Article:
Do you lead with humor or do you jump right in with the facts? Should you use the piece you wrote a few days ago where the doctor was talking about YouTube while testing your bone marrow or should you just write plainly and simply about the invasion?

Invasion? Really Rodney, you can’t type the word leukemia?

There you go; that wasn’t so difficult was it? Sure, you put it in italics to make it look all squiggly, but that’s healthy. That’s a good sign. Okay, the hard part’s over. Plow through.

When I was having my gall bladder yanked out recently, one of the blood tests came back with a creepy sounding phrase, “your white blood cell count is low.” Ever since the operation, subsequent tests have shown it dropping even lower. I can’t help thinking about that Flo Rida song Low, low, low, low

Great, you’re quoting pop culture from a few years ago. That’s the Rodney we know and love.

No one thought I could have leukemia, particularly since I’m showing no signs of it whatsoever. Every single question the doctors have asked have been met with an easy “nope.” One guy even glanced nervously at Marci when he wondered aloud about HIV.

“Nope.”

But here it sits inside my body. Leukemia.

I’m told the cure rate is very high and if I simply must have leukemia, this is the one to have. I like the fact that it’s acute. A cutie. Awww, look how cute that leukemia is, don’t you just wanna reach out and, and, smash it with a sledge hammer?

I’m in the hospital and have checked in for about a month. Whoa, a month? Did I really just write that? Summer. Cherries. Daughters out of school. Camping. Leukemia.

It sounds like Bohemia. It sounds like Bulimia. It sounds like I’ll be doing a lot of that as they pump poison into my body and I throw up. Ewww, and then my hair.

I have a few aces in the hole though. This is highly treatable and the remission rates are in my favor. Being very healthy going into this makes it easier, supposedly. My doctor has seen more cancer patients than anyone in the area, he claims, and he stared me in the eyes while saying I was going to be fine and get better. Maybe better than I ever was before. I’ll be Steve Austin (the Bionic Man, not the wrestler).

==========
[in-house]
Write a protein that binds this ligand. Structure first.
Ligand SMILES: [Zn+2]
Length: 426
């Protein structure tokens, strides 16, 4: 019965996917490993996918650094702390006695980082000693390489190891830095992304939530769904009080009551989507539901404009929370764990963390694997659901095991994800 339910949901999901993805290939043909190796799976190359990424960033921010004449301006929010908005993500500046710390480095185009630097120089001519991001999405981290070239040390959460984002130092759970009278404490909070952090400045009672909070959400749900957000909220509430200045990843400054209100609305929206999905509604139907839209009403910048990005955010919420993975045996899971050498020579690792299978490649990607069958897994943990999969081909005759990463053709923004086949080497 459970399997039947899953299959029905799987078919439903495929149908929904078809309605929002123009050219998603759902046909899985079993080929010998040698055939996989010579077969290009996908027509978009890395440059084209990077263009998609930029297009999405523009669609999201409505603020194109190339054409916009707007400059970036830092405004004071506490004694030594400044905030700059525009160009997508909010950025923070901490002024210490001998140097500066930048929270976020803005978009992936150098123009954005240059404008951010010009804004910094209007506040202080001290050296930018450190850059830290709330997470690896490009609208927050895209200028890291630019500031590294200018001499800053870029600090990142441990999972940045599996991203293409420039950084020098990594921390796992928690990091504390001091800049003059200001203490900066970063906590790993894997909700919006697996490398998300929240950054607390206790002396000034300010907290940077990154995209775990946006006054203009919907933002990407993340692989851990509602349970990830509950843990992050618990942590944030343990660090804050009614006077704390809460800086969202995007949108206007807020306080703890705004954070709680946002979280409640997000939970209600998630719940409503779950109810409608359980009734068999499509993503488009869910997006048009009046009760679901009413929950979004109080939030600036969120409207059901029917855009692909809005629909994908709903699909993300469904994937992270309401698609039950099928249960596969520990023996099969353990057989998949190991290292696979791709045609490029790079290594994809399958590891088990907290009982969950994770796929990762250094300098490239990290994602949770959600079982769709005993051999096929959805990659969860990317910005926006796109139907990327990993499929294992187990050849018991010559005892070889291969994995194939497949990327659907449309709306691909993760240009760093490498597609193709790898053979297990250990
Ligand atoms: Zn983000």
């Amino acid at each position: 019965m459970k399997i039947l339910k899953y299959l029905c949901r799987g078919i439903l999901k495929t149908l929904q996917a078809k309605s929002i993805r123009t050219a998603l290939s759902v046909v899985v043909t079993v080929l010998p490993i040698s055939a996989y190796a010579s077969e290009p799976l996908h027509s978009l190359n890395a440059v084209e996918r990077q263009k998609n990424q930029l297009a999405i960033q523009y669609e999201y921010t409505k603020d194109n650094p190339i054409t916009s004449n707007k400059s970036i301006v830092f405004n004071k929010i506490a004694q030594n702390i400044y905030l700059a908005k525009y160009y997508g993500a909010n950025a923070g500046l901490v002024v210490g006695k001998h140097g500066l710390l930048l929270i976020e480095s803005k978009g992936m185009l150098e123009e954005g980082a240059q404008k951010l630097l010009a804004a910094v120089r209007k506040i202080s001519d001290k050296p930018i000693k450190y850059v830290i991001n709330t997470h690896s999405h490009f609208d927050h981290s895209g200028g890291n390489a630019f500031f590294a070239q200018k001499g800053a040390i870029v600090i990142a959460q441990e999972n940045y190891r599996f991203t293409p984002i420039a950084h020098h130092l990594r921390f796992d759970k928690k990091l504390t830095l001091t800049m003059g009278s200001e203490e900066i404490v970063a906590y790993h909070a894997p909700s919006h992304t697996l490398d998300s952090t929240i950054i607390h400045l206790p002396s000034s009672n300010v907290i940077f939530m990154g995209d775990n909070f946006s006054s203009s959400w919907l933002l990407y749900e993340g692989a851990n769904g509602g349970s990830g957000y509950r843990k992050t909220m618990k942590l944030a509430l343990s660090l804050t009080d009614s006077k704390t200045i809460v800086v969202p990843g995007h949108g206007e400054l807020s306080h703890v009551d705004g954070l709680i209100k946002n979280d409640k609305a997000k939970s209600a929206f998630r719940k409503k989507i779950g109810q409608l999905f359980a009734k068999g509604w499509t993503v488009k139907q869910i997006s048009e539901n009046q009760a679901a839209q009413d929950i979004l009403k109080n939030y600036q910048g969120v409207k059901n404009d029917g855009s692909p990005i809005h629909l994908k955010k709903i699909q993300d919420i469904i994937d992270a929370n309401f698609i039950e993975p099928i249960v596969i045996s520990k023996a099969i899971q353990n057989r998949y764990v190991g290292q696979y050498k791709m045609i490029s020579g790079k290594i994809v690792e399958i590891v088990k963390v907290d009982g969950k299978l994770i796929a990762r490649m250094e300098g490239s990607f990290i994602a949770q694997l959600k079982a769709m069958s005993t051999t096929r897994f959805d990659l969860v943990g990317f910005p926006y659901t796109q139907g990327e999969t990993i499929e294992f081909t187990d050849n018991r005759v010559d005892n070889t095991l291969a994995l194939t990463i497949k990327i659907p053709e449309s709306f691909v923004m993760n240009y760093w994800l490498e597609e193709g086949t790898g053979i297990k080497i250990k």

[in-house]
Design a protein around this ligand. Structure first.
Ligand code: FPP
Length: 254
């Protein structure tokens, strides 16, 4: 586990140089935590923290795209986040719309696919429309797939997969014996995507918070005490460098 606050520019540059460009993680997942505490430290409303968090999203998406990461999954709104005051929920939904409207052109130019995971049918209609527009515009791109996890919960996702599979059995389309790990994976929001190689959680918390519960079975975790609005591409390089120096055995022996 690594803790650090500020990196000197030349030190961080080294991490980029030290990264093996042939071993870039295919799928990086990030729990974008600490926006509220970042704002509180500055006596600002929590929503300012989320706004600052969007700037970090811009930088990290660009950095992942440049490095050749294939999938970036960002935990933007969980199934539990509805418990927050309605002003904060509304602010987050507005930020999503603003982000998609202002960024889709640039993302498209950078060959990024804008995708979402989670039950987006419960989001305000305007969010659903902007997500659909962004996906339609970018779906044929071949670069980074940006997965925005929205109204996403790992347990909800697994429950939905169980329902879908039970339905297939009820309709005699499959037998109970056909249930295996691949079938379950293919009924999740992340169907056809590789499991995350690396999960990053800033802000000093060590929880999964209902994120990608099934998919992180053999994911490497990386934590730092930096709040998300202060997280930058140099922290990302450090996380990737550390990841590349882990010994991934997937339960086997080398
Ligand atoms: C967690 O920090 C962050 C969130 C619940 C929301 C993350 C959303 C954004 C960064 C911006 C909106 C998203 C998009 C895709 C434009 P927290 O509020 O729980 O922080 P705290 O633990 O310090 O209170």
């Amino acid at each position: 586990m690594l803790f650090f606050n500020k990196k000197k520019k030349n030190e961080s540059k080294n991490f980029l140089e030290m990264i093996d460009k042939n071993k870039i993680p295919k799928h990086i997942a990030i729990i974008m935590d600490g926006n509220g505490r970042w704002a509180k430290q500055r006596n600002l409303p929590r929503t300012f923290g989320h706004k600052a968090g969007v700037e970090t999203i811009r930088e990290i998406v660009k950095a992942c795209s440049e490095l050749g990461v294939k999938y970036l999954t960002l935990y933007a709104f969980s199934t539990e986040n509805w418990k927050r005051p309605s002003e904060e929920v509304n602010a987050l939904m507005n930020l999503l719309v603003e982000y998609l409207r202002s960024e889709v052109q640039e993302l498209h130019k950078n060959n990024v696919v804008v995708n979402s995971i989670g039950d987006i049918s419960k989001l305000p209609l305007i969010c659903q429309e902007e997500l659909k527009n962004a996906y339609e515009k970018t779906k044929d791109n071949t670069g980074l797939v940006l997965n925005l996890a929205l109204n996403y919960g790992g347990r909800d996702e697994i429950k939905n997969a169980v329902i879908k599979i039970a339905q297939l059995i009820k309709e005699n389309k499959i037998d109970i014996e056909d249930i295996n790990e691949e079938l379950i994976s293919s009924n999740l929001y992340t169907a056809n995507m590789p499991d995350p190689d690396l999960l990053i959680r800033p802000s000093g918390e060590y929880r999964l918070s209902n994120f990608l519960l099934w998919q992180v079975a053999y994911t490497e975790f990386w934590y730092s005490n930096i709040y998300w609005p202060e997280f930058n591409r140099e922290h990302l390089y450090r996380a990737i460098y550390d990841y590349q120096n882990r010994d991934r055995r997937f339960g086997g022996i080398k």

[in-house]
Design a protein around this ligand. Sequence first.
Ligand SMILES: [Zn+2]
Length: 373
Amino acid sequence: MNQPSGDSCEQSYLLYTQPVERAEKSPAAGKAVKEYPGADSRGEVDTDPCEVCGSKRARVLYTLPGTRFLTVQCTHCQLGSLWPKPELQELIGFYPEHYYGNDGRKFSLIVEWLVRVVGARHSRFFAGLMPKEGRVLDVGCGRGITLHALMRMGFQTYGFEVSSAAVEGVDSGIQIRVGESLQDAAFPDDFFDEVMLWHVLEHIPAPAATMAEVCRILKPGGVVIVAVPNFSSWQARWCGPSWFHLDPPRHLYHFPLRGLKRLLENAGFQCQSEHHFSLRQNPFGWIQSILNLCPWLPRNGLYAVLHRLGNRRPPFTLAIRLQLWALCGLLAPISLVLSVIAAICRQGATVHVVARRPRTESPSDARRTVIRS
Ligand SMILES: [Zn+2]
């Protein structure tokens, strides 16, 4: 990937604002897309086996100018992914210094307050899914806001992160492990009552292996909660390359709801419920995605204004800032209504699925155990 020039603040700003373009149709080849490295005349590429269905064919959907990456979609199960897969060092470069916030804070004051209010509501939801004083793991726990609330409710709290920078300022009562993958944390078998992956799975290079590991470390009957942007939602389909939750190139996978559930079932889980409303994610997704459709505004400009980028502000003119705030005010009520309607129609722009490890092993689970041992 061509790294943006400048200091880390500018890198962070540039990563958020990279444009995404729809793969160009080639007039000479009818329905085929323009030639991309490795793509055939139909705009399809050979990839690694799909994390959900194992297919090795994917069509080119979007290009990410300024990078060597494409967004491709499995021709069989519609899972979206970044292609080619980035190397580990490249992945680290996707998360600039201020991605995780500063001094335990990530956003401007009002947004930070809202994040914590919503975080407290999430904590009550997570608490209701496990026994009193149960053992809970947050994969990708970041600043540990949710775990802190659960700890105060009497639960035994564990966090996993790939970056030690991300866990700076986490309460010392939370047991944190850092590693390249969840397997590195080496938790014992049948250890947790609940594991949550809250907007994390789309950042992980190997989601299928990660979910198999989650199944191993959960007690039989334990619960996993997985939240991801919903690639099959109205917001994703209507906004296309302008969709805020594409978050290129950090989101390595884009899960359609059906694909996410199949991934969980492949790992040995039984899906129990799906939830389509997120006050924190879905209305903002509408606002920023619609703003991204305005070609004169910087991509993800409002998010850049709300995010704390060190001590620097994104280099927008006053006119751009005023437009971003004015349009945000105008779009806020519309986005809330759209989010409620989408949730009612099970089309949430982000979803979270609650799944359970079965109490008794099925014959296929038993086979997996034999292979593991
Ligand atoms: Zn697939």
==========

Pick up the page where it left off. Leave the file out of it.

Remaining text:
I have another ace and I called her on the Bat phone. You only call her when you really need her. She is the director of blood and marrow at The Mayo Clinic and she is my kindly aunt Roberta. “It’s not going to be a walk in the park,” she told me. “But keep feeling like Rodney; try not to feel like a patient.” Those are great words. I’d rather feel like Rodney. So I’ve been making jokes about it including on the video I made for my daughters where I said, “Let’s lick Leukemia,” then quickly retracted it because, ugh, that just sounds disgusting.

I ordered an iPad, which made my wife instantly suspicious of this whole leukemia ruse. When the doctor said he also loved Cappuccino Blasts and I could drink them with reckless abandon, Marci knew the fix was in.

Friends and family have begun contacting me offering prayers and wonderful sentiments. So far, though, the people that need the prayers more are the bottom third of the Tiger’s lineup. I’m fine. I’m going to destroy this dis-ease. The bottom of the Tiger’s batting order? I honestly don’t know about their prognosis.

I’ll find a better phrase than “Let’s lick leukemia,” but in the meantime my working phrase is “I have a cute leukemia.” Nothing makes cancer madder than belittling it and pinching its darling baby cheeks.